So much to do, So little time!

The past week, and honestly the entire time I have been here, flew by!

Tuesday and Wednesday were class like normal. Thursday we started our Methodology class for the Human Rights Concentration which was actually fun because we all talked a bit about our internships and what we are doing. Then it was Spanish class and worked with a UBA professor for a little bit of time.

On Friday I was back at my internship, and I got a new project which was actually really awesome. I’m making lists now matching up photos with the personal data that’s in the database. It’s really sad and overwhelming being drowned in all the names in the database, all those people who were tortured and killed, and nothing else remains of them but this database. But it’s really cool to put faces to the names. On my way out I snagged this photo of one of my favorite sculptures on the site:


It says “To think is a revolutionary fact…”

On my way out I also saw one of the Madres de la Plaza de Mayo coming in with flowers. It was awesome.

On Saturday I did a lot of work and then we headed back to La Fàbrica de Tacos. I had three wonderful tacos – with steak and onions – and we collectively shared two pitchers of margaritas, one lemon and one strawberry. Lots of tequila. When we went to leave, they gave us shots of margarita too!


On the way home we started celebrating Sammy’s birthday with Queso 3ds, a Kinder Egg and an ajfajor from the kiosko! Sunday I did work and slept a lot. And at midnight I showed up at Sammy’s apartment to celebrate her 21st with a bottle of wine!:


Monday I hit up my internship again and then after I bought two cheese and onion empanadas and they were so so so tasty. I was super tired so then I took a two hour nap. But then I was super productive! I took my laundry to the laundry place, went for a mile run, sent some emails and got ready to go out for Sammy’s birthday. We went to a sushi place for dinner:


I don’t really like sushi, but I suffered for the sake of Sammy’s birthday. Then we went over to Casa Bar for drinks… and made friends with the bartenders! They were super super nice and they gave us each this spicy shot for free too, that was super tasty, because it was Sammy’s birthday!

After we got back, I put candles in some Alfajores for a very Argentine end to Sammy’s birthday:



Then I got up this morning to go and try to get my package! It was insane. I spent a while waiting in a line outside the fence of the postal building, and then in another line outside the actual building. Once inside the building I waited in another line to pay and then I had to sit and wait for my number to be called. THEN I had to wait in another line for them to find my package and then I had to wait in ANOTHER line to see a customs person. In that line I made friends with this older woman who asked me if I knew what was going on. Once I had told her that I was an exchange student from the USA she laughed and said “Well they bring your packages to your house there, don’t they.” It was insanity. Finally the customs lady cut open my box, said she wasn’t supposed to let candy in, but then let me take it anyway… and I waited in one FINAL line to sign that I had received my package. It was so crazy, but so so Buenos Aires. Also I was rewarded by it’s contents, thanks Mom and Dad!:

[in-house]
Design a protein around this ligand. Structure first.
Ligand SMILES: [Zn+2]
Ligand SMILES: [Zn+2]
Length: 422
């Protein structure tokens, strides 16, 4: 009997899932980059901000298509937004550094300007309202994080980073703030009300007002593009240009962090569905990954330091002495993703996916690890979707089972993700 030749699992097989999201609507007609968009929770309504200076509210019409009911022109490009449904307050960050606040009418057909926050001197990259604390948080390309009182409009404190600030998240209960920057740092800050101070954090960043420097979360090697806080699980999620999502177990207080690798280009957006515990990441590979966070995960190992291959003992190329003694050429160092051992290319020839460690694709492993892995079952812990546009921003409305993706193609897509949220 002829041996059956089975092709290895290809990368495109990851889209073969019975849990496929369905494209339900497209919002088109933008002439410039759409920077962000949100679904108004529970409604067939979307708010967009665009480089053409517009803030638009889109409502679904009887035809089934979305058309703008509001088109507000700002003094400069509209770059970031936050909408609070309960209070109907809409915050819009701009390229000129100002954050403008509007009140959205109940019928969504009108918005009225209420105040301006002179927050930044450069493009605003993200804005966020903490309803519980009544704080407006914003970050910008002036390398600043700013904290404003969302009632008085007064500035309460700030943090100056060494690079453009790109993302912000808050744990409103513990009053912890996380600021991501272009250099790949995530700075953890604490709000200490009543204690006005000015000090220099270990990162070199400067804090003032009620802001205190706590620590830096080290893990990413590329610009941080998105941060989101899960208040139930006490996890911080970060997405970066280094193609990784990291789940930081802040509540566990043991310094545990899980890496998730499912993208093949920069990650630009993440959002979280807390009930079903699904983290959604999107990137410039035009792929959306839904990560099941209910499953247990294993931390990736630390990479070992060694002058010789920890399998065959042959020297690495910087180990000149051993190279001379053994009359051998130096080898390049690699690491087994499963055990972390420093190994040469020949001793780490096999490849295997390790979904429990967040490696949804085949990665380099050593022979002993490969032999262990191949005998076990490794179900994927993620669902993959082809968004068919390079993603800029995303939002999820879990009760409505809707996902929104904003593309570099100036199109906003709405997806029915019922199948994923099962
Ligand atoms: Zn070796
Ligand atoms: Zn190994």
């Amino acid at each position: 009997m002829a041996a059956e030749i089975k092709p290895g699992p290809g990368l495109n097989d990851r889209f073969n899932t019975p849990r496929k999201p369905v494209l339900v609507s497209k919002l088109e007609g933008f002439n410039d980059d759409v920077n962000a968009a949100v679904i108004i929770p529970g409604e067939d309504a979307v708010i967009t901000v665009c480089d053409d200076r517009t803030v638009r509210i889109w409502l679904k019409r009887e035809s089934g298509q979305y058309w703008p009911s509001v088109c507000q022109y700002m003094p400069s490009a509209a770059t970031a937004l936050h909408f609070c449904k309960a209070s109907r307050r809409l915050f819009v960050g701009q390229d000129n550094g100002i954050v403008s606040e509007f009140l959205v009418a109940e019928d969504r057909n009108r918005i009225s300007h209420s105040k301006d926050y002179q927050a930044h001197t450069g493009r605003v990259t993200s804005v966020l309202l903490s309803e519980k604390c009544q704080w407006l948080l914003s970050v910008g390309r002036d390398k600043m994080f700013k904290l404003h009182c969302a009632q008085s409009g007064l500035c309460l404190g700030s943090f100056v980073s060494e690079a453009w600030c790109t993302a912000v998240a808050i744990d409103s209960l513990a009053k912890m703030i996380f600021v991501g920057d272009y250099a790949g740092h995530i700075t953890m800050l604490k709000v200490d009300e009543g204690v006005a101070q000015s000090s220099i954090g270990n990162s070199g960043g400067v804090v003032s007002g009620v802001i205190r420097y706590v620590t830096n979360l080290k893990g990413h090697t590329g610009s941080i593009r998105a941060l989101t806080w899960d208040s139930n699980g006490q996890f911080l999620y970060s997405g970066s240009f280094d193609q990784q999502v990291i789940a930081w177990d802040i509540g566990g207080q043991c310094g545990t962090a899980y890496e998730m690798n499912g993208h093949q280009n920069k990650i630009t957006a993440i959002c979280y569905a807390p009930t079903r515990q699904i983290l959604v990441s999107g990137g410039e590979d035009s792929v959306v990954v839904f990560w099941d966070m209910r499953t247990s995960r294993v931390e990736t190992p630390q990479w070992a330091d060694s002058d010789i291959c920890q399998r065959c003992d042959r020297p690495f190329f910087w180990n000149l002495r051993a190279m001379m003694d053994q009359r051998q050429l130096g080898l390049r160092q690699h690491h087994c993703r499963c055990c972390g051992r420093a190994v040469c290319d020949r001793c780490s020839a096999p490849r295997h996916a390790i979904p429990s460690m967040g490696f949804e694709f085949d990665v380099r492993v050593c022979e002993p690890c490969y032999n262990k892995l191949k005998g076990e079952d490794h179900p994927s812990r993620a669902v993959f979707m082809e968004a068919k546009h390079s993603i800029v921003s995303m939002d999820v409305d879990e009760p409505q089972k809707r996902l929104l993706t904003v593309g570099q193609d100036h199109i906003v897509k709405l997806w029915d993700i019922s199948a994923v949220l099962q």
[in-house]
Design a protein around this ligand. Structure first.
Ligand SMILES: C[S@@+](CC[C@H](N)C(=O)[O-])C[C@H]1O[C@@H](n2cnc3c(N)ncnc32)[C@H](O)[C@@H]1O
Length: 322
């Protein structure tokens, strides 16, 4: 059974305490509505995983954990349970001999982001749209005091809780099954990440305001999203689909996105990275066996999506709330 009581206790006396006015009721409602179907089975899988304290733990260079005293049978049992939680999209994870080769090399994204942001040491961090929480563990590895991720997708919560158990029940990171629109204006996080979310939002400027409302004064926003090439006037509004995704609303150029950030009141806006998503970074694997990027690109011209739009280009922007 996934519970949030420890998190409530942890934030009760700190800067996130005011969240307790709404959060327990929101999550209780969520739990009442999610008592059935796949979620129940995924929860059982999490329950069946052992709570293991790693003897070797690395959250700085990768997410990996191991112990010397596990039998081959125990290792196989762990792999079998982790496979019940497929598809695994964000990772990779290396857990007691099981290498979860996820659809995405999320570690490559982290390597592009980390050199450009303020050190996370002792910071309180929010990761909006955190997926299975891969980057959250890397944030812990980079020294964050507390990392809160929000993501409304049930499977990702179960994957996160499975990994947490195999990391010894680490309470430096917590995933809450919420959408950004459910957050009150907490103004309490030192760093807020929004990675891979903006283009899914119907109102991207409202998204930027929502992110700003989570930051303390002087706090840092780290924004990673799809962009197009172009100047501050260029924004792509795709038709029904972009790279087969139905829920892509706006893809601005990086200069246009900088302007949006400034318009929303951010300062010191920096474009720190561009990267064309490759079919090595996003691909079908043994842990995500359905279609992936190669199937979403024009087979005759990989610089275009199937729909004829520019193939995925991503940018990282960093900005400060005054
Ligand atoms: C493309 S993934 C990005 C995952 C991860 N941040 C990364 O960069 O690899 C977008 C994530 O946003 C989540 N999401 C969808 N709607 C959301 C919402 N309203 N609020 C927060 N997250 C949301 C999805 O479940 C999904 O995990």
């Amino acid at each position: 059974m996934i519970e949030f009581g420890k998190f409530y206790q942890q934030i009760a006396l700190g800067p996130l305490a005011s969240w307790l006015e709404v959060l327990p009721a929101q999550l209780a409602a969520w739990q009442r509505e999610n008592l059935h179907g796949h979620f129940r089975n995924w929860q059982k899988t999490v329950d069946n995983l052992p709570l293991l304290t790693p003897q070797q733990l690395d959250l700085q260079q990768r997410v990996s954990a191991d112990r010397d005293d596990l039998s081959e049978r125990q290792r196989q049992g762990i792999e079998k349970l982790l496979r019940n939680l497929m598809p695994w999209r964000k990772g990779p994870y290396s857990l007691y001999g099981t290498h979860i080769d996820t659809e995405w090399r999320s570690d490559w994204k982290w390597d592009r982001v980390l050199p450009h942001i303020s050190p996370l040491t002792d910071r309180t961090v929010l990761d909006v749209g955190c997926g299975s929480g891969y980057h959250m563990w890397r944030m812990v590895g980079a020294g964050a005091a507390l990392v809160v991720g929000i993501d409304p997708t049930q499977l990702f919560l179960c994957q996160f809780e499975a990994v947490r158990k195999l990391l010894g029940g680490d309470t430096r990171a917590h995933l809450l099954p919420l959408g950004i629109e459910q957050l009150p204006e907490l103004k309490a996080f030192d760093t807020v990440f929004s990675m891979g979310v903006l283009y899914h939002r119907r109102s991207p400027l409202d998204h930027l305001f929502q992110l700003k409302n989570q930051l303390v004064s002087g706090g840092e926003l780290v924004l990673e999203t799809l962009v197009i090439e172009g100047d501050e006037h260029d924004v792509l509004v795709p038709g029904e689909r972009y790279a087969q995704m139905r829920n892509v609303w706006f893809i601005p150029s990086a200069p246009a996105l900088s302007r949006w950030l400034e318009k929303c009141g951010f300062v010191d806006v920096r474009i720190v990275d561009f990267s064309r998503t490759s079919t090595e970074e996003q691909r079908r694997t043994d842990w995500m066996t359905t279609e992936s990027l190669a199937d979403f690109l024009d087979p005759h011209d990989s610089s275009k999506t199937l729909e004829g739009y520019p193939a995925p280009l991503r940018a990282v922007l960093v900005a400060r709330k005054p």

Since it took me almost three hours, I had to go straight to my class, since we were meeting at ESMA today instead of our normal place. I ended up taking a taxi because the buses weren’t coming… and then stopped at a Starbucks quick for a Vanilla Late and this strange but very good salad with lettuce, tomato, cheese, ham, pasta and ranch! Then it was off to ESMA.

ESMA is an old boarding school where they detained people during the state terrorism. It was all absolute craziness and a super sad, overwhelming and just a very heavy situation.

It’s a really different situation here with the terrorism than in, for example Poland during Nazi German power. There the concentration camps were in the middle of nowhere, but here for example with ESMA it was a functioning boarding school and they were detaining and torturing and killing people in the building where the directors were living.

The building was just really overwhelming. We toured the basement where they tortured the people and where they would inject them with the tranquilizers before they put them in a plane and dropped them in the ocean. We also visited the third floor where they kept the detainees in wooden dog crates, hooded and shackled. It was intense. And there was no way that the people working there didn’t know because they made them walk down the stairs hooded and shackled everyday. Plus supposedly people living close could hear the screams.

There were rooms on the third floor too where they birthed the babies before the took them away from the mothers and killed the mothers, before giving the babies away.

Some people survived because they worked. We met one man who had survived at ESMA for four and a half years. He worked in the basement making false passports. Incredible story.

The other crazy thing about the building was how they tried to destroy it so survivors wouldn’t be able to recognize it. An overwhelming experience or not, it was important, because we have to remember so that things like that won’t happen again.

Here’s a photo of the building where people were detained:


It’s a great memorial park now… and I really liked this statue too:


It says “Memory, Truth, Justice.”

After the park, we headed home, I napped and did some homework! I’m getting ready to leave tomorrow to go to Mendoza for the weekend! So I’ll be sure to post about it when I get back.

Also delayed, but I got the greatest mail from APO… such great friends!!



Sarah and my parents come in three weeks, I’m so excited!!


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